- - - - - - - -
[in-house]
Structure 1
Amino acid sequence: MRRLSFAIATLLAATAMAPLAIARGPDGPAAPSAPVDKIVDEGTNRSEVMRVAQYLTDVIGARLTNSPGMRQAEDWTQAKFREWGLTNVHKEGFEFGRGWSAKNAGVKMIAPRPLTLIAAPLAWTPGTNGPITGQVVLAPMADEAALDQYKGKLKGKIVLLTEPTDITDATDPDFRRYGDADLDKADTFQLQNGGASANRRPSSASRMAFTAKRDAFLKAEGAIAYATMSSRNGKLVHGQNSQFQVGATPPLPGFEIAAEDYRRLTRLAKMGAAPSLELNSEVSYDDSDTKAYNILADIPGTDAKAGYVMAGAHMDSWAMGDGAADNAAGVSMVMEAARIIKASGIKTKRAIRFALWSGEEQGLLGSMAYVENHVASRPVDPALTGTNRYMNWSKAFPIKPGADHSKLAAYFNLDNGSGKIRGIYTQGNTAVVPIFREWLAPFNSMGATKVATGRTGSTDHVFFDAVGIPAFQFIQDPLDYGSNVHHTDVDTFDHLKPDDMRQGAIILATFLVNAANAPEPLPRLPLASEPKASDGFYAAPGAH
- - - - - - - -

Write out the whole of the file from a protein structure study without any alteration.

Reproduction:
[in-house]
Structure 1
Amino acid sequence: MRRLSFAIATLLAATAMAPLAIARGPDGPAAPSAPVDKIVDEGTNRSEVMRVAQYLTDVIGARLTNSPGMRQAEDWTQAKFREWGLTNVHKEGFEFGRGWSAKNAGVKMIAPRPLTLIAAPLAWTPGTNGPITGQVVLAPMADEAALDQYKGKLKGKIVLLTEPTDITDATDPDFRRYGDADLDKADTFQLQNGGASANRRPSSASRMAFTAKRDAFLKAEGAIAYATMSSRNGKLVHGQNSQFQVGATPPLPGFEIAAEDYRRLTRLAKMGAAPSLELNSEVSYDDSDTKAYNILADIPGTDAKAGYVMAGAHMDSWAMGDGAADNAAGVSMVMEAARIIKASGIKTKRAIRFALWSGEEQGLLGSMAYVENHVASRPVDPALTGTNRYMNWSKAFPIKPGADHSKLAAYFNLDNGSGKIRGIYTQGNTAVVPIFREWLAPFNSMGATKVATGRTGSTDHVFFDAVGIPAFQFIQDPLDYGSNVHHTDVDTFDHLKPDDMRQGAIILATFLVNAANAPEPLPRLPLASEPKASDGFYAAPGAH